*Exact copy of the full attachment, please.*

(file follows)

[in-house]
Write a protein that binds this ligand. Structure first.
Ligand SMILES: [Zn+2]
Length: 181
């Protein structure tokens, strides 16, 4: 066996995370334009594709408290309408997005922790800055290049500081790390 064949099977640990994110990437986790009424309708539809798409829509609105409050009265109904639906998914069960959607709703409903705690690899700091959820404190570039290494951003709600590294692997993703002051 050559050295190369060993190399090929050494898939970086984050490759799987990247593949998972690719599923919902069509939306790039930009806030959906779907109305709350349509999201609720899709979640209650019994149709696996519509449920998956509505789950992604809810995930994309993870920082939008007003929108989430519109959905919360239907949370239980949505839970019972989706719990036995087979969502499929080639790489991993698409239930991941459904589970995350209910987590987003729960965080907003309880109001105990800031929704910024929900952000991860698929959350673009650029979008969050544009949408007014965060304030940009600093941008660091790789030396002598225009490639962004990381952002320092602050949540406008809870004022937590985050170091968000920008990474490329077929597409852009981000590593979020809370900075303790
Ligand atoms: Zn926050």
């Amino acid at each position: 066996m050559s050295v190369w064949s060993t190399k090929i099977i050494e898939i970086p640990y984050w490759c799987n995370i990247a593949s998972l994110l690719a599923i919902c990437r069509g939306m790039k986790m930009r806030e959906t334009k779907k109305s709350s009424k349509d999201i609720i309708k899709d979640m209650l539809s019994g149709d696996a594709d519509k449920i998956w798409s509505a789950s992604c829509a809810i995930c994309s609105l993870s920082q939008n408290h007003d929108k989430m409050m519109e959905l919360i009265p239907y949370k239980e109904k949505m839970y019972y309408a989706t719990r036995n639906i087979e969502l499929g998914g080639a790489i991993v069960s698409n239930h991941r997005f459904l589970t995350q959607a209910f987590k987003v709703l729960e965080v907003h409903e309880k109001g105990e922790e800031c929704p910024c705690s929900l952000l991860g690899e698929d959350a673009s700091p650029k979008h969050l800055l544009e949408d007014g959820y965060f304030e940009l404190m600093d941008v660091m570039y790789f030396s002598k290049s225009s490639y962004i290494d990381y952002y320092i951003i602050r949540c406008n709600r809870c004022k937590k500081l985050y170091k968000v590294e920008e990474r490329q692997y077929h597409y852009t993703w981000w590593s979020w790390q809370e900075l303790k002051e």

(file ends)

[in-house]
Write a protein that binds this ligand. Structure first.
Ligand SMILES: [Zn+2]
Length: 181
């Protein structure tokens, strides 16, 4: 066996995370334009594709408290309408997005922790800055290049500081790390 064949099977640990994110990437986790009424309708539809798409829509609105409050009265109904639906998914069960959607709703409903705690690899700091959820404190570039290494951003709600590294692997993703002051 050559050295190369060993190399090929050494898939970086984050490759799987990247593949998972690719599923919902069509939306790039930009806030959906779907109305709350349509999201609720899709979640209650019994149709696996519509449920998956509505789950992604809810995930994309993870920082939008007003929108989430519109959905919360239907949370239980949505839970019972989706719990036995087979969502499929080639790489991993698409239930991941459904589970995350209910987590987003729960965080907003309880109001105990800031929704910024929900952000991860698929959350673009650029979008969050544009949408007014965060304030940009600093941008660091790789030396002598225009490639962004990381952002320092602050949540406008809870004022937590985050170091968000920008990474490329077929597409852009981000590593979020809370900075303790
Ligand atoms: Zn926050």
């Amino acid at each position: 066996m050559s050295v190369w064949s060993t190399k090929i099977i050494e898939i970086p640990y984050w490759c799987n995370i990247a593949s998972l994110l690719a599923i919902c990437r069509g939306m790039k986790m930009r806030e959906t334009k779907k109305s709350s009424k349509d999201i609720i309708k899709d979640m209650l539809s019994g149709d696996a594709d519509k449920i998956w798409s509505a789950s992604c829509a809810i995930c994309s609105l993870s920082q939008n408290h007003d929108k989430m409050m519109e959905l919360i009265p239907y949370k239980e109904k949505m839970y019972y309408a989706t719990r036995n639906i087979e969502l499929g998914g080639a790489i991993v069960s698409n239930h991941r997005f459904l589970t995350q959607a209910f987590k987003v709703l729960e965080v907003h409903e309880k109001g105990e922790e800031c929704p910024c705690s929900l952000l991860g690899e698929d959350a673009s700091p650029k979008h969050l800055l544009e949408d007014g959820y965060f304030e940009l404190m600093d941008v660091m570039y790789f030396s002598k290049s225009s490639y962004i290494d990381y952002y320092i951003i602050r949540c406008n709600r809870c004022k937590k500081l985050y170091k968000v590294e920008e990474r490329q692997y077929h597409y852009t993703w981000w590593s979020w790390q809370e900075l303790k002051e």